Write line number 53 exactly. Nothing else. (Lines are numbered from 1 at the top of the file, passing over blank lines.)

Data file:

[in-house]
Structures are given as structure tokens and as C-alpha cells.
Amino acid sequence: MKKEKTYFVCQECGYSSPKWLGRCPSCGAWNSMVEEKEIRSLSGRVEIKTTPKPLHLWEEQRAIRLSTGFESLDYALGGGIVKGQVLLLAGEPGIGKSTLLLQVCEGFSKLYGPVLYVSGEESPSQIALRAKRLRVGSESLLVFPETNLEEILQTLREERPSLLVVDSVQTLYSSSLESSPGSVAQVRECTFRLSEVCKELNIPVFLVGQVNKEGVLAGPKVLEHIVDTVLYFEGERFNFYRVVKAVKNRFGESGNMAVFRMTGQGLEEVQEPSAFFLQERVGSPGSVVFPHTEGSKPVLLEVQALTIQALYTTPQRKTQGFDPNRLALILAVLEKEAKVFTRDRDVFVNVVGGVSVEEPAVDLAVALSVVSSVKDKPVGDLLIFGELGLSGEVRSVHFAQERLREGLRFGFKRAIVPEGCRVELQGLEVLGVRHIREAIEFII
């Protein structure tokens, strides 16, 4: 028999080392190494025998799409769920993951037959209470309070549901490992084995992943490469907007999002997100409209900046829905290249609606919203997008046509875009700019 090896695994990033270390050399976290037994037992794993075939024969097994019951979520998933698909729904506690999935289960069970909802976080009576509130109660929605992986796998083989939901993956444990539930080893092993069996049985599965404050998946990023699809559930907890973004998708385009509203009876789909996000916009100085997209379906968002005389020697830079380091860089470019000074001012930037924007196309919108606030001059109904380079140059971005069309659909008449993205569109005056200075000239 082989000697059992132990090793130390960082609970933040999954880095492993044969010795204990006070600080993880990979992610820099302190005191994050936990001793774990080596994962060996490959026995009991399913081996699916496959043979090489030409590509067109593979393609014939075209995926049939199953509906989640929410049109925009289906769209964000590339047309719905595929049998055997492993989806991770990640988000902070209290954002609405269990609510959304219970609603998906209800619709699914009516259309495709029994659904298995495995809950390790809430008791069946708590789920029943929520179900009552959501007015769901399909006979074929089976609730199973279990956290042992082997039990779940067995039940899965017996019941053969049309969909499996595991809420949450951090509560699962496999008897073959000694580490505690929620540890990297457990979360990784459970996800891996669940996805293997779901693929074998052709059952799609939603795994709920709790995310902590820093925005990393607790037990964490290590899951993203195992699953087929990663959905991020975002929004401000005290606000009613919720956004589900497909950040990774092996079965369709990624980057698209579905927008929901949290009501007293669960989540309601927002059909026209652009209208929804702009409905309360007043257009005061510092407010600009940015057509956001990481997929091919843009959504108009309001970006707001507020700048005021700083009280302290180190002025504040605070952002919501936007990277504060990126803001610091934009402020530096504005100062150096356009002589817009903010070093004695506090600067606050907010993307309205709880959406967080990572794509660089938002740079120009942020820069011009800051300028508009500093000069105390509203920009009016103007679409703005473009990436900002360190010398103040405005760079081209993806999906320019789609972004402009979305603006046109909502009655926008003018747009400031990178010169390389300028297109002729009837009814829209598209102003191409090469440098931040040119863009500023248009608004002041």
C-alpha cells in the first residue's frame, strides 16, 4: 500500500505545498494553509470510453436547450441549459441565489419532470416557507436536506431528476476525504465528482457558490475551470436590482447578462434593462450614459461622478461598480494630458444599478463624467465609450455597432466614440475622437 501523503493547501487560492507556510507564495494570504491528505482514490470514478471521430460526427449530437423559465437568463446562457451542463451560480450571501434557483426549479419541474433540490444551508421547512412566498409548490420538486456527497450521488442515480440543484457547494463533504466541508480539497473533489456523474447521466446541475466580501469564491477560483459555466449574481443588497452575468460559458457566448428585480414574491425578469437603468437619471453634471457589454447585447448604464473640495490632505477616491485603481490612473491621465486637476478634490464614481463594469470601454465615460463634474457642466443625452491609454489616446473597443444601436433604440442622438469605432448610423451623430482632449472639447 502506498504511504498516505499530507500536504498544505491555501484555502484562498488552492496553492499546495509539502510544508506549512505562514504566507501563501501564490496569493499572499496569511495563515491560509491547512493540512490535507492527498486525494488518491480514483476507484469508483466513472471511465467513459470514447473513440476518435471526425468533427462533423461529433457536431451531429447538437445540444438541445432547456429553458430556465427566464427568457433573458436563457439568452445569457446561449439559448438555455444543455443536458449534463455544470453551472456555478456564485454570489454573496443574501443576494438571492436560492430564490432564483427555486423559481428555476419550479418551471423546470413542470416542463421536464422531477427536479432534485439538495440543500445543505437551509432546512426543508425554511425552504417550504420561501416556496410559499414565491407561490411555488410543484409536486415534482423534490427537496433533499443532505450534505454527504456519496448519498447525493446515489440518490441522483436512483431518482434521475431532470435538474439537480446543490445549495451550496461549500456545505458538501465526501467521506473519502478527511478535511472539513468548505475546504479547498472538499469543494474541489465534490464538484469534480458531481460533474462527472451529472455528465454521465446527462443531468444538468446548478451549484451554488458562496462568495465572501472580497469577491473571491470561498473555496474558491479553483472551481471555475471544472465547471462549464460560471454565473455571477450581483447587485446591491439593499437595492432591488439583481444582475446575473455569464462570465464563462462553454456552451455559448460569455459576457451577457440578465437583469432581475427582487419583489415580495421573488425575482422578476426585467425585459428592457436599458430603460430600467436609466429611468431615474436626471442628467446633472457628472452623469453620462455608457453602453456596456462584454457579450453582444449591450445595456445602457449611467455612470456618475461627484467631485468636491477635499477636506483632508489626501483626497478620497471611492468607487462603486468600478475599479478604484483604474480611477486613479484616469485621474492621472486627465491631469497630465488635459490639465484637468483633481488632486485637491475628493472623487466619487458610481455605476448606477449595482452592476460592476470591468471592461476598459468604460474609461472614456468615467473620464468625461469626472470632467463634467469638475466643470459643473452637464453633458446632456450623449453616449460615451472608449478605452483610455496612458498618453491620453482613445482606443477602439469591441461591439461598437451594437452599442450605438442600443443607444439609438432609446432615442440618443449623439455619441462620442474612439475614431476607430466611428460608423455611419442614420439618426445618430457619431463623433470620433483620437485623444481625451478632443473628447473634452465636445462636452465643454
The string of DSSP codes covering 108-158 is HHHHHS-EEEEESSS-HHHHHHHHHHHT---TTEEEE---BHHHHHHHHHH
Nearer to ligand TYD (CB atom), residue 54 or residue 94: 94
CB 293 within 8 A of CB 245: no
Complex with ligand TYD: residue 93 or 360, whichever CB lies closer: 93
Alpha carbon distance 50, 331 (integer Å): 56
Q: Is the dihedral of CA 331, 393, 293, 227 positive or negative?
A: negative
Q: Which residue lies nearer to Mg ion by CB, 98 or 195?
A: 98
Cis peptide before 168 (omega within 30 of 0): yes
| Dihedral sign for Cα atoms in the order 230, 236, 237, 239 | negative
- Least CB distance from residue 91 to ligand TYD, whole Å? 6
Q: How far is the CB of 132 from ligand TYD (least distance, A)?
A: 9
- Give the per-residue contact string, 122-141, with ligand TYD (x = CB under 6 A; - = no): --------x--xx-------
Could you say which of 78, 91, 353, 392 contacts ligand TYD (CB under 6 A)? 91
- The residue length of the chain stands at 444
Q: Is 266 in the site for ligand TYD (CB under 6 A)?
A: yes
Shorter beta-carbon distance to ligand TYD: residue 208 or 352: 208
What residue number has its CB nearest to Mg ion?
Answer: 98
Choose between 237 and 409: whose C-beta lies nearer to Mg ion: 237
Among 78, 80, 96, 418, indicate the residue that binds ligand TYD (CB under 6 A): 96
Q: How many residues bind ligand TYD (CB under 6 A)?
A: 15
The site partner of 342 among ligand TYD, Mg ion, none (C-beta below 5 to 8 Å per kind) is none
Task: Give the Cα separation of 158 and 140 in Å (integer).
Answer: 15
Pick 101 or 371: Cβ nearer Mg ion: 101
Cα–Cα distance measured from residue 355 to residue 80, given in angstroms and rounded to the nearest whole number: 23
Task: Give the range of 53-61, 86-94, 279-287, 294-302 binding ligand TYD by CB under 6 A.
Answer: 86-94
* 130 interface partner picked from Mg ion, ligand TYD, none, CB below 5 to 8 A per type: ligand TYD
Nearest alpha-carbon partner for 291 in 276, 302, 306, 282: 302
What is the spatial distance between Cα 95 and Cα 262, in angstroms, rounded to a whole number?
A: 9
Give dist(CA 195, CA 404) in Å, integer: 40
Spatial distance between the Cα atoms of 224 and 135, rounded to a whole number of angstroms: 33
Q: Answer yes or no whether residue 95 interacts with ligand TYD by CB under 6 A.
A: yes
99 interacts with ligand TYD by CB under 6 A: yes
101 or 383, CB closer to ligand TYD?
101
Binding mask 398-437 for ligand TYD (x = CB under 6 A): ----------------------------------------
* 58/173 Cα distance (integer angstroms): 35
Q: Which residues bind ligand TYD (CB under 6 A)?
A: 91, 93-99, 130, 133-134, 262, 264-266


A: 91, 93-99, 130, 133-134, 262, 264-266